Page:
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Illinois Budget Pressures Won’t Ease

Rich Egger

A report from the University of Illinois' Institute of Government and Public Affairs lays out options for lawmakers if they want to put Illinois on a path toward fiscal stability.

Among other things, researcher said even if the state keeps its 5% income tax rate – which is set to drop in just over a year -- Illinois is still on a path to spend more than it takes in.

And if the income tax rate does roll back, economist David Merriman predicted the deficit will reach $14 billion by the year 2025.

“(It’s) a very large percentage of the budget, and would be probably an intolerable situation,” Merriman said.

“We wouldn't be able to have contractors work for us because we wouldn't be able to promise to pay them the money we owe them.”

Merriman, who co-authored the IGPA's study, said lawmakers should think about how to engineer the state's budget so it can be balanced.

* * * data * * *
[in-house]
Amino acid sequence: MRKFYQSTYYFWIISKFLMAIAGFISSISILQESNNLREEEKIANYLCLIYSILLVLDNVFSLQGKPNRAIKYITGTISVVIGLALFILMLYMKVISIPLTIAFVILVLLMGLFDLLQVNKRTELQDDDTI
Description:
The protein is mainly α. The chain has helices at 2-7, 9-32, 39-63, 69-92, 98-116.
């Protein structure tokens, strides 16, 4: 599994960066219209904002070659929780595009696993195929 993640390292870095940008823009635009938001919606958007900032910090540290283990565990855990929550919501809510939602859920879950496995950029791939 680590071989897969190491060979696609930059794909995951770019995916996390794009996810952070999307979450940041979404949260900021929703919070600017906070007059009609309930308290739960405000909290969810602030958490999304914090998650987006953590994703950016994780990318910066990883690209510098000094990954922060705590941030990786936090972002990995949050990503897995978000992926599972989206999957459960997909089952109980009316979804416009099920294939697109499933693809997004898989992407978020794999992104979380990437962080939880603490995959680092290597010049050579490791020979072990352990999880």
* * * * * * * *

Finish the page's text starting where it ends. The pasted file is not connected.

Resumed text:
That could mean an entire re-do of the state's tax structure.

Instead of taxing everyone's income at the same rate, Illinois could move to a graduated income tax --- though that would mean amending the state constitution.  Or it could mean beginning to levy a sales tax on services, rather than just goods.

Merriman won't say what's the best course.  But he said voters need to challenge politicians who claim Illinois can get its budget in order just by making cuts.